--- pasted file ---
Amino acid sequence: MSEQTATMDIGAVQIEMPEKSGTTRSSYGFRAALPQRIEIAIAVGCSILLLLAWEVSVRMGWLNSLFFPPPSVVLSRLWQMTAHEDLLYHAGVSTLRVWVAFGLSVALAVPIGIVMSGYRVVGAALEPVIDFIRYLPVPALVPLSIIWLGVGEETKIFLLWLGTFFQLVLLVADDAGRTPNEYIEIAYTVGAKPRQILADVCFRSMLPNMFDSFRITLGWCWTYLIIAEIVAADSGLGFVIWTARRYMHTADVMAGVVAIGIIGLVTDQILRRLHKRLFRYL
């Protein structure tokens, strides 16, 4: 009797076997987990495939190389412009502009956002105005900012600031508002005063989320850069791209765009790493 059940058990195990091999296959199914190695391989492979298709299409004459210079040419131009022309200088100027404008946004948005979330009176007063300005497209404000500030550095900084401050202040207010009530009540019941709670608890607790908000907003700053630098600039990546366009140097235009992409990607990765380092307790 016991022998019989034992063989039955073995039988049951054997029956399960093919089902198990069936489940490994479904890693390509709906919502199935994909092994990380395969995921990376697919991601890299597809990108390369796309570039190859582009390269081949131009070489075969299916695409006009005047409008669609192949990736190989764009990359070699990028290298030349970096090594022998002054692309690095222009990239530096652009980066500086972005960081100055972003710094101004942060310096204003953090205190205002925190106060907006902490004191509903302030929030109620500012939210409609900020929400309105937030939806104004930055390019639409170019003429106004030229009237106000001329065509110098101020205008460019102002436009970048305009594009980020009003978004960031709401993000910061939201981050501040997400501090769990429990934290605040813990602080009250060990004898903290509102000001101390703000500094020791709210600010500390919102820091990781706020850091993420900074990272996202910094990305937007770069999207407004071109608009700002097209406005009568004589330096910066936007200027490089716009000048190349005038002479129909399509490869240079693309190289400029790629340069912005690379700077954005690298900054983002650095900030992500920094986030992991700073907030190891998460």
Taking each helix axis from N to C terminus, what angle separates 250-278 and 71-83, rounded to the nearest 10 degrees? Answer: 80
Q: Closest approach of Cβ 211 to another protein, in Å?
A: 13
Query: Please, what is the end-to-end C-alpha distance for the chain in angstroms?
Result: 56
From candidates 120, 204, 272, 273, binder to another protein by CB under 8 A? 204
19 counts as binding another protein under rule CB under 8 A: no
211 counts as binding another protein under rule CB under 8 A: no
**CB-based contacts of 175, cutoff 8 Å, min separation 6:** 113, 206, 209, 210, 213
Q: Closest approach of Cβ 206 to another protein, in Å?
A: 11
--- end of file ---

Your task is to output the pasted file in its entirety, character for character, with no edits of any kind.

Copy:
Amino acid sequence: MSEQTATMDIGAVQIEMPEKSGTTRSSYGFRAALPQRIEIAIAVGCSILLLLAWEVSVRMGWLNSLFFPPPSVVLSRLWQMTAHEDLLYHAGVSTLRVWVAFGLSVALAVPIGIVMSGYRVVGAALEPVIDFIRYLPVPALVPLSIIWLGVGEETKIFLLWLGTFFQLVLLVADDAGRTPNEYIEIAYTVGAKPRQILADVCFRSMLPNMFDSFRITLGWCWTYLIIAEIVAADSGLGFVIWTARRYMHTADVMAGVVAIGIIGLVTDQILRRLHKRLFRYL
């Protein structure tokens, strides 16, 4: 009797076997987990495939190389412009502009956002105005900012600031508002005063989320850069791209765009790493 059940058990195990091999296959199914190695391989492979298709299409004459210079040419131009022309200088100027404008946004948005979330009176007063300005497209404000500030550095900084401050202040207010009530009540019941709670608890607790908000907003700053630098600039990546366009140097235009992409990607990765380092307790 016991022998019989034992063989039955073995039988049951054997029956399960093919089902198990069936489940490994479904890693390509709906919502199935994909092994990380395969995921990376697919991601890299597809990108390369796309570039190859582009390269081949131009070489075969299916695409006009005047409008669609192949990736190989764009990359070699990028290298030349970096090594022998002054692309690095222009990239530096652009980066500086972005960081100055972003710094101004942060310096204003953090205190205002925190106060907006902490004191509903302030929030109620500012939210409609900020929400309105937030939806104004930055390019639409170019003429106004030229009237106000001329065509110098101020205008460019102002436009970048305009594009980020009003978004960031709401993000910061939201981050501040997400501090769990429990934290605040813990602080009250060990004898903290509102000001101390703000500094020791709210600010500390919102820091990781706020850091993420900074990272996202910094990305937007770069999207407004071109608009700002097209406005009568004589330096910066936007200027490089716009000048190349005038002479129909399509490869240079693309190289400029790629340069912005690379700077954005690298900054983002650095900030992500920094986030992991700073907030190891998460």
Taking each helix axis from N to C terminus, what angle separates 250-278 and 71-83, rounded to the nearest 10 degrees? Answer: 80
Q: Closest approach of Cβ 211 to another protein, in Å?
A: 13
Query: Please, what is the end-to-end C-alpha distance for the chain in angstroms?
Result: 56
From candidates 120, 204, 272, 273, binder to another protein by CB under 8 A? 204
19 counts as binding another protein under rule CB under 8 A: no
211 counts as binding another protein under rule CB under 8 A: no
**CB-based contacts of 175, cutoff 8 Å, min separation 6:** 113, 206, 209, 210, 213
Q: Closest approach of Cβ 206 to another protein, in Å?
A: 11